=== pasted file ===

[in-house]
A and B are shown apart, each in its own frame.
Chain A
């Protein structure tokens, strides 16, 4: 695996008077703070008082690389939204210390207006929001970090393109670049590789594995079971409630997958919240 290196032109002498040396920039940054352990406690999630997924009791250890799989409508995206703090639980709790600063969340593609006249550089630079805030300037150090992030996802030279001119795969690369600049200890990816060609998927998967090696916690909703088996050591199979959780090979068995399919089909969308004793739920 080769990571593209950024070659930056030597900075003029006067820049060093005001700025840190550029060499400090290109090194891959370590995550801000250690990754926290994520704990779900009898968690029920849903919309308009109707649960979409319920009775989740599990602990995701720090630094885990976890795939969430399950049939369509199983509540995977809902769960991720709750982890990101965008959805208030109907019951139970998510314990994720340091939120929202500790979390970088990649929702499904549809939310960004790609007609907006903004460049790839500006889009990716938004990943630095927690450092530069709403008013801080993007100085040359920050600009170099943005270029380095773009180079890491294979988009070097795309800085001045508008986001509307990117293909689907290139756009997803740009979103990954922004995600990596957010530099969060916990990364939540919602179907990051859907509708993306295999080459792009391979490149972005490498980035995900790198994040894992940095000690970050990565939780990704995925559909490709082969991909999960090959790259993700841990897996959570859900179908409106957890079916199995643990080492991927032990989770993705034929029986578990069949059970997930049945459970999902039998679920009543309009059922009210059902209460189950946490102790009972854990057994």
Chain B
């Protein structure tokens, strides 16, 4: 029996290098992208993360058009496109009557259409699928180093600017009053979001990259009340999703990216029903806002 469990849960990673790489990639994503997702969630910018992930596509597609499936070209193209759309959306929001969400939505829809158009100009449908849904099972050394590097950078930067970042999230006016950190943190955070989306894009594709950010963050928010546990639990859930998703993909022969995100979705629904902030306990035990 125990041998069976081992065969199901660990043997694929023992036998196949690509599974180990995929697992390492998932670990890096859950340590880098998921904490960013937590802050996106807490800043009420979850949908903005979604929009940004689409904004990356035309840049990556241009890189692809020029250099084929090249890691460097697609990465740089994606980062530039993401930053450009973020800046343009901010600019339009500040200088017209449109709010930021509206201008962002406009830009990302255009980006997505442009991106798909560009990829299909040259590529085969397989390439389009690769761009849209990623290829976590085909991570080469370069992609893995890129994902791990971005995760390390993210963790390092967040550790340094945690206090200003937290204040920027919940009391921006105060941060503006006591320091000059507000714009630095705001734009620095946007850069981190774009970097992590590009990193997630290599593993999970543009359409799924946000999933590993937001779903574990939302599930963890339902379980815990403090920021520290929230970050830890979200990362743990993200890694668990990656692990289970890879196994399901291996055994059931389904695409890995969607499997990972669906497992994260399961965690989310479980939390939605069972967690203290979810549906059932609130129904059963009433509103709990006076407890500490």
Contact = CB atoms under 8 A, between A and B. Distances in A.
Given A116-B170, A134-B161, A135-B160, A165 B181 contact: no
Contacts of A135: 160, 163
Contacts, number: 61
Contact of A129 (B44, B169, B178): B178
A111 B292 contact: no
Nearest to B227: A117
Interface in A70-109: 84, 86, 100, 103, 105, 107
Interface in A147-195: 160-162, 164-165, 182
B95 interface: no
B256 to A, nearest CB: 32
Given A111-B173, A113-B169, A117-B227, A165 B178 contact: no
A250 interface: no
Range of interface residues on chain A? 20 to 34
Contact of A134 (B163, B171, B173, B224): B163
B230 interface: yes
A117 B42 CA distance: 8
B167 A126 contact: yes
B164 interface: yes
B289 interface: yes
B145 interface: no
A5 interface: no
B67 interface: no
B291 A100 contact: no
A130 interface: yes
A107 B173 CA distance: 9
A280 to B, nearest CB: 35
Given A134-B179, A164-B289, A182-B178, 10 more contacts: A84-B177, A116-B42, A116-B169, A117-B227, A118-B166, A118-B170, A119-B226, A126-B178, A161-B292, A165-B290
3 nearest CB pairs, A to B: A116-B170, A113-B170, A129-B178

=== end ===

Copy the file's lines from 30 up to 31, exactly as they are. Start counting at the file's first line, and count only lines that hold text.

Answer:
B291 A100 contact: no
A130 interface: yes